19 August 2014, Abuja – Minister of State for Power, Mr. Mohammed Wakil, has warned agencies within the ministry against infighting and confrontations, advising that “only collaboration and positive interface can speed up attainments of the goals of the power sector reforms.”
Wakil issued the warning while inaugurating the Technical Committee on the establishment of the Electricity Management Services Limited, EMSL, last week in Abuja.
He noted that “inter agency disputes have negative impact on the implementation and achievement of government goals, saying, “we must never engage in disputes to the extent of engaging in press war.”
He added, “Agencies must avoid taken to public domain operational issues that should be resolved within the ministry. The transformation of the power sector has recorded so much progress that we cannot for whatever reasons fight each other over mandates. The ministry can no longer watch the infighting which has now reached the media. That is why this committee is conceived.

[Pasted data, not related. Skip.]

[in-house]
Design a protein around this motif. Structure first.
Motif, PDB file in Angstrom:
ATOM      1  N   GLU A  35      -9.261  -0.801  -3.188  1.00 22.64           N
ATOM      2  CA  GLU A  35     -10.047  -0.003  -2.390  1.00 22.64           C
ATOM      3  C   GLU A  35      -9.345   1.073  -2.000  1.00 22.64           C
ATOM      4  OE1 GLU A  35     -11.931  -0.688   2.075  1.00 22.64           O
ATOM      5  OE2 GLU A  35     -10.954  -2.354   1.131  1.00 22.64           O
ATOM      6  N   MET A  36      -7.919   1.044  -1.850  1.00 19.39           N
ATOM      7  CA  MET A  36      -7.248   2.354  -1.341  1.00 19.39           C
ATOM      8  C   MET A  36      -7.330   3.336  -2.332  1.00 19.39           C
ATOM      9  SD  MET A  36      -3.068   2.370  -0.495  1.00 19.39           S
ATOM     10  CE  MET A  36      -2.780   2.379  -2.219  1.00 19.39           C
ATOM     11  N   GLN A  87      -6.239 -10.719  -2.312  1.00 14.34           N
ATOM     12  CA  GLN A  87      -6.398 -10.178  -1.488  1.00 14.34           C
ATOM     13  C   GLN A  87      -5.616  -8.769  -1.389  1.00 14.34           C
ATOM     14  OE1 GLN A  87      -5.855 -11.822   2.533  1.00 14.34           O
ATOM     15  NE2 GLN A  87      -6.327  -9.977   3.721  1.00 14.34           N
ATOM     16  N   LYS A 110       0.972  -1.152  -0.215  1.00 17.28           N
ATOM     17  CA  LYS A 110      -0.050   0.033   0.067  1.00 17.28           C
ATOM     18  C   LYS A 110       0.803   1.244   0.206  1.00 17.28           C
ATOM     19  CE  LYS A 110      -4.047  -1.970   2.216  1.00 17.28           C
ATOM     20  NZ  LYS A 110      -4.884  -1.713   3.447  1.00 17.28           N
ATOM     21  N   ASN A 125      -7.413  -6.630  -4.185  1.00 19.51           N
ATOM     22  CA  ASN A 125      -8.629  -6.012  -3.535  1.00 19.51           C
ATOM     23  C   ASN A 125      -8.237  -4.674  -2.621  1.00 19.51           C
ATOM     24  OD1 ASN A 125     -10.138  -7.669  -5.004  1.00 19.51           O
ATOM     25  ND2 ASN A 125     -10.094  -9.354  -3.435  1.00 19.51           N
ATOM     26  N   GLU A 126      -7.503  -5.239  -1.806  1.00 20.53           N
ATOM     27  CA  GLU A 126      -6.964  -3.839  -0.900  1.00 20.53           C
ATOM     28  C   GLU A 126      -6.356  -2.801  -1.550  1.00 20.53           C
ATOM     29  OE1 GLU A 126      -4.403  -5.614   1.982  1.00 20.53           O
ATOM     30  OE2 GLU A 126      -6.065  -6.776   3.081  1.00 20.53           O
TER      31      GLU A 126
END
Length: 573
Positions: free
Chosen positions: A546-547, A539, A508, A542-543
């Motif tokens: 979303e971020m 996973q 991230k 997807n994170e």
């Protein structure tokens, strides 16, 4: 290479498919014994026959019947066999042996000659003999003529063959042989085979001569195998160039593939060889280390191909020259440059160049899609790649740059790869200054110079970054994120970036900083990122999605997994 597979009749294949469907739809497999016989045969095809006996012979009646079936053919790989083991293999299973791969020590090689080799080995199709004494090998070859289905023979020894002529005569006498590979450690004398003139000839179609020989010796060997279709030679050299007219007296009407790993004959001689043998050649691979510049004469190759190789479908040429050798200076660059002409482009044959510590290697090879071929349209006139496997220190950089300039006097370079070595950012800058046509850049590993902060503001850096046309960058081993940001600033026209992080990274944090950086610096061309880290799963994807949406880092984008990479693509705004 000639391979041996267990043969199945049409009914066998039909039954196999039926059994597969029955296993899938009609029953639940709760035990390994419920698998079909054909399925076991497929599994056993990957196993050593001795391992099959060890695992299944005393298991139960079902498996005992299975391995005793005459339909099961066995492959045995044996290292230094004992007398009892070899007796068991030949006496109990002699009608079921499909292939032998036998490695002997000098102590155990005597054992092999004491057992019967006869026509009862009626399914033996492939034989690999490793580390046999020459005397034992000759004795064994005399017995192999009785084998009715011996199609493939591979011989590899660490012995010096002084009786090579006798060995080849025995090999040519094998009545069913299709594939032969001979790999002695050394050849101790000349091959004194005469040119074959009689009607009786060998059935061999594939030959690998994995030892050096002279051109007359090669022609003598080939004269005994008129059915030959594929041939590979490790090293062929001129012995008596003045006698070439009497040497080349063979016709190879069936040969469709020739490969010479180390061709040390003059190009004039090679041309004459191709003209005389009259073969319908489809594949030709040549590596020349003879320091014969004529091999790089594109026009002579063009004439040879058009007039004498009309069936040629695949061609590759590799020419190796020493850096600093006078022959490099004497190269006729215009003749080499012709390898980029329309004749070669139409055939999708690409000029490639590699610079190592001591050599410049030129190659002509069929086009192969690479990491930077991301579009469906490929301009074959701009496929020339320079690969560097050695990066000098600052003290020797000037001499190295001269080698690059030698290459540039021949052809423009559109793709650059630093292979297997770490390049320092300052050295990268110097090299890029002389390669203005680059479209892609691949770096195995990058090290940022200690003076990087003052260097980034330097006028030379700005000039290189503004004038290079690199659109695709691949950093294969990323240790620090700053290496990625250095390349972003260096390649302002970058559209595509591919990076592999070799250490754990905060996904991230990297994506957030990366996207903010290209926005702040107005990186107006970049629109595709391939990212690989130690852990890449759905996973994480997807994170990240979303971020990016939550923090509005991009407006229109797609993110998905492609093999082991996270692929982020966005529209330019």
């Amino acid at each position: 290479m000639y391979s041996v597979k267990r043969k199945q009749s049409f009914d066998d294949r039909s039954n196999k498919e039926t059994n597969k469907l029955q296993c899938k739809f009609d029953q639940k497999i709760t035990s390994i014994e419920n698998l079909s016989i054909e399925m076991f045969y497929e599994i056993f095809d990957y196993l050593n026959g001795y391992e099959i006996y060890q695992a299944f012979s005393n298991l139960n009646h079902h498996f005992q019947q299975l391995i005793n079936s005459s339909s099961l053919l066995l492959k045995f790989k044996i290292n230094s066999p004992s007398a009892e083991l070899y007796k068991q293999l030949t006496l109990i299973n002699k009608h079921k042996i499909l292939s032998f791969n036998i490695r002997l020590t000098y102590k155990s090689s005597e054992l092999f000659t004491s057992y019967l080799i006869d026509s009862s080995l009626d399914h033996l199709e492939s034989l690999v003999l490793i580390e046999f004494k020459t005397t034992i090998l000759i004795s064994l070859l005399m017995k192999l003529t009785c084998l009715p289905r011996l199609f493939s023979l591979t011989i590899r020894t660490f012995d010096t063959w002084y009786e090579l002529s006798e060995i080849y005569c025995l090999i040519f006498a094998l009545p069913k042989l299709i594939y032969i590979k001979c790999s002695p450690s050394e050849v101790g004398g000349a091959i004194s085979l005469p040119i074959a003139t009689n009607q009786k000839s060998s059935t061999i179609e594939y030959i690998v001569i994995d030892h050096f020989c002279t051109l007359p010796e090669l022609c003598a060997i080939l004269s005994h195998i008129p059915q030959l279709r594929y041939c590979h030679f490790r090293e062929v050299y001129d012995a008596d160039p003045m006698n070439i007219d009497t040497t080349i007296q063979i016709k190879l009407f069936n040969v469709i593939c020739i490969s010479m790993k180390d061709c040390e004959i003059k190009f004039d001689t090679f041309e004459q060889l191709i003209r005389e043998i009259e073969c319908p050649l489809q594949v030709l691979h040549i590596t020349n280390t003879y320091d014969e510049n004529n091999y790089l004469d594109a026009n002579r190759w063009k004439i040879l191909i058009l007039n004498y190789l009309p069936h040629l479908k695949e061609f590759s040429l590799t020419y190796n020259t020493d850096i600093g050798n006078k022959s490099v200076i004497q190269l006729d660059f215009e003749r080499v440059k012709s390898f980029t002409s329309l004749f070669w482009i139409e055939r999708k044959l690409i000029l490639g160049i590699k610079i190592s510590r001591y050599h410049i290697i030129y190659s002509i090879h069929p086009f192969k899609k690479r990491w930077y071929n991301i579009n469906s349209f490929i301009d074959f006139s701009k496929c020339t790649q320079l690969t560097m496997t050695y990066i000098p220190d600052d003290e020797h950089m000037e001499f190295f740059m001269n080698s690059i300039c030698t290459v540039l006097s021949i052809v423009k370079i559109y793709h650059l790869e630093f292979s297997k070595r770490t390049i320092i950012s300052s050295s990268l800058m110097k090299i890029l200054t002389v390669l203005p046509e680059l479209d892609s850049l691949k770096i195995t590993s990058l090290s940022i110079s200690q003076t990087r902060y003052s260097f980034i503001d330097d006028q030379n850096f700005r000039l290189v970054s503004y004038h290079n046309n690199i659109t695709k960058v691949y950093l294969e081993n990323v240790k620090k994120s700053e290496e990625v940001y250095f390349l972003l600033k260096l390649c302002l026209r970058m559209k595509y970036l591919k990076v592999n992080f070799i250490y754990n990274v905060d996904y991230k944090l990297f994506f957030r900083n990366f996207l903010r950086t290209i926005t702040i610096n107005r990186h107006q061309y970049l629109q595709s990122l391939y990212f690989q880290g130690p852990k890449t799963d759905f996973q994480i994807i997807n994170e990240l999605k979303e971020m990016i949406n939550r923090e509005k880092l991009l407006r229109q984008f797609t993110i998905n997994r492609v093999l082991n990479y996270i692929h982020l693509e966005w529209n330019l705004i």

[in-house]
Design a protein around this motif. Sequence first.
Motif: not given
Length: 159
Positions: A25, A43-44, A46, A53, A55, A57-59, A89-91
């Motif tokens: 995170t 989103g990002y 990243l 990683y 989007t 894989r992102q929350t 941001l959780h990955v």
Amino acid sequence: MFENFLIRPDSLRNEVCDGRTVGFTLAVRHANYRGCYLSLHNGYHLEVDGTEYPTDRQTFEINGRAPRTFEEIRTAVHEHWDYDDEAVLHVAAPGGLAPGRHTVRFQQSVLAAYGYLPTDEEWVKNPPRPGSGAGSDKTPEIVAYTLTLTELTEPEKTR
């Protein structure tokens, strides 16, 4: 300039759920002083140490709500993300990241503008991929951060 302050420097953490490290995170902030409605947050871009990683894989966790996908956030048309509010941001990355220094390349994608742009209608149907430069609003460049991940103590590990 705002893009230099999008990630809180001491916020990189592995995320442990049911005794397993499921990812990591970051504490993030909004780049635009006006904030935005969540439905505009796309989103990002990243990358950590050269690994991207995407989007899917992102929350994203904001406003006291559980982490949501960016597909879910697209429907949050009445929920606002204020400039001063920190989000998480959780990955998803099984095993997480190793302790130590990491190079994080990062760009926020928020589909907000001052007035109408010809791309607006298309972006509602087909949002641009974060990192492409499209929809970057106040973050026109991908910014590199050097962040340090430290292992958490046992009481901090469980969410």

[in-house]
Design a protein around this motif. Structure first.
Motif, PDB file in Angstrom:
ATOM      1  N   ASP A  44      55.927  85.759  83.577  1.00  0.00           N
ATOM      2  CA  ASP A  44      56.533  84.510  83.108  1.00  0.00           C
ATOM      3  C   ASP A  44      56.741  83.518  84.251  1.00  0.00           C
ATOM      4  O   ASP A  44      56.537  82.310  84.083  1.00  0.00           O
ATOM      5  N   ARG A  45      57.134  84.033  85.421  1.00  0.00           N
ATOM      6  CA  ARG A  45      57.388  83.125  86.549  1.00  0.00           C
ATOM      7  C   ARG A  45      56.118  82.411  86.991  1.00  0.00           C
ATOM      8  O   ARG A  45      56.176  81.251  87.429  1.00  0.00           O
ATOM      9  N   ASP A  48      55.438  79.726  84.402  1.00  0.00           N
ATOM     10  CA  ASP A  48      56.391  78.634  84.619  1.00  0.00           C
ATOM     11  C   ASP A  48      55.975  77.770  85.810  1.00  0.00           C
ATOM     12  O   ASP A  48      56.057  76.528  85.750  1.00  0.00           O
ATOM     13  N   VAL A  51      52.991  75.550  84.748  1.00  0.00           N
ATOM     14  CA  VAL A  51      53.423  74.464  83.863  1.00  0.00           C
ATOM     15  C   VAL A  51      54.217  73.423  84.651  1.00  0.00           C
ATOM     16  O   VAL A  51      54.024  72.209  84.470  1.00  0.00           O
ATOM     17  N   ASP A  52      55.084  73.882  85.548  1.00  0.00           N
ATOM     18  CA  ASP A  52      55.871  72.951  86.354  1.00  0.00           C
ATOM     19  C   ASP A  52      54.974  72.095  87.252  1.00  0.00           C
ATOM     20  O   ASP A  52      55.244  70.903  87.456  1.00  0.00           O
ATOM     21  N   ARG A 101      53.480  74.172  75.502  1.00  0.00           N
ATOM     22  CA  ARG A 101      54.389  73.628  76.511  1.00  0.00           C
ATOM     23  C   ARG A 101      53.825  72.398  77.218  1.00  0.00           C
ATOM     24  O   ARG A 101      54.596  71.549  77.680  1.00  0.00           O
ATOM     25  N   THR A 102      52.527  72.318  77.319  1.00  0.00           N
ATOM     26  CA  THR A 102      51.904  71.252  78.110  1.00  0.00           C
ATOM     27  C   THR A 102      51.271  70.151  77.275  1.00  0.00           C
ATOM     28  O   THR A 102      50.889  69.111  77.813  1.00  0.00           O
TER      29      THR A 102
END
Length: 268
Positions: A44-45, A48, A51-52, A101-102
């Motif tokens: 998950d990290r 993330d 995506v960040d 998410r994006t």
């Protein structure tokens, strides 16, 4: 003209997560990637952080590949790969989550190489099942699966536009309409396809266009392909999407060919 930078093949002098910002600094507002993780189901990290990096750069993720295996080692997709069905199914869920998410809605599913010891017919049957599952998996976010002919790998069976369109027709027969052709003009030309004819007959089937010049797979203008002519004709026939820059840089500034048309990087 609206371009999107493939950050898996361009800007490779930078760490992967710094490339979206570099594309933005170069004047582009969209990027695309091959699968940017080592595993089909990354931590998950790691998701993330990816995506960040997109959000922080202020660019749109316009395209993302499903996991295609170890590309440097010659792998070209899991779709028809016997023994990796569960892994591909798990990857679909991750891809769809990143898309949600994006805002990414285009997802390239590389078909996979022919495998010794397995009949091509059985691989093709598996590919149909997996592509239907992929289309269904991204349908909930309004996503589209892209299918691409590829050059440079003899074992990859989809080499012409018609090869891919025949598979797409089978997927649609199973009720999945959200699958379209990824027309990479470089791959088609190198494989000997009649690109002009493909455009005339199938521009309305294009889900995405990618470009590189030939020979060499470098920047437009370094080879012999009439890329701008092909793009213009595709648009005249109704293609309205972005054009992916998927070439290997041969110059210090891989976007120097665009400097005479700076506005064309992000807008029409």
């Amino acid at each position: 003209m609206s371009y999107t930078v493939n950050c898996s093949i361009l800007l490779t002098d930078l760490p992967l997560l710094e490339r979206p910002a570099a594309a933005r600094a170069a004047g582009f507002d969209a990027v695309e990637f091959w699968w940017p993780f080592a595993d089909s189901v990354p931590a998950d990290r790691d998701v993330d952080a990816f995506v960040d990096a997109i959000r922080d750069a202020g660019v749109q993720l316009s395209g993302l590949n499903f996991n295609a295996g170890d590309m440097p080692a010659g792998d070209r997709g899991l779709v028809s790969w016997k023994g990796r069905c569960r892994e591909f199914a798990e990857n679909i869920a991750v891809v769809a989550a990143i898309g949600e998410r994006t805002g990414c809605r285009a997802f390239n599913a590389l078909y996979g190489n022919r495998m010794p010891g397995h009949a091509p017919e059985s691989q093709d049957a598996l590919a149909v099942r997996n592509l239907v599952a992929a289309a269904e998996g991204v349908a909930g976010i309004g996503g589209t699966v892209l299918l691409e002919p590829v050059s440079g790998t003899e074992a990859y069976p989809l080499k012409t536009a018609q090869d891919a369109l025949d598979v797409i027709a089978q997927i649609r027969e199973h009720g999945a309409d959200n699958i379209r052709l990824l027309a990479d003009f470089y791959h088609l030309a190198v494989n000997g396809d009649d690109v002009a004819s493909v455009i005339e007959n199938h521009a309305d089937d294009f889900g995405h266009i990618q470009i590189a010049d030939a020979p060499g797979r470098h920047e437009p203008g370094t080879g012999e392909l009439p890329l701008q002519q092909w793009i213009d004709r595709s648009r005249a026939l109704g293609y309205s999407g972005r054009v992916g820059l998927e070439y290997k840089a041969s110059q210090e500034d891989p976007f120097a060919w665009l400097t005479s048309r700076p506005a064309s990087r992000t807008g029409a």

“You are to ensure that all areas of disputations between the EMS and the Nigeria Electricity Regulatory Commission, NERC, are resolved with respect to the bill before the National Assembly. Your committee is to provide options and recommendations on how to ensure synergy between the two agencies,” the minister said.
The Permanent Secretary of the Federal Ministry of Power, Dr. Godnows Igali, also told the committee that the EMS was set up by the same instrument that set up other agencies during the power sector reform exercise. EMS was not a creation of the present leadership of the ministry; the National Council on Privatisation created the EMS.
“The only thing was that it was registered as a limited liability company with the Corporate Affairs Commission before the National Assembly in its wisdom recommended a legal backing for the body. So it is not a new creation,” Igali said.
Responding, the Chairman of the committee, Mr. Nyelampa Ngada, said “There can be no robust power sector without technical regulation as different from economic regulation. Lack of proper testing of equipment is an invitation for problems.”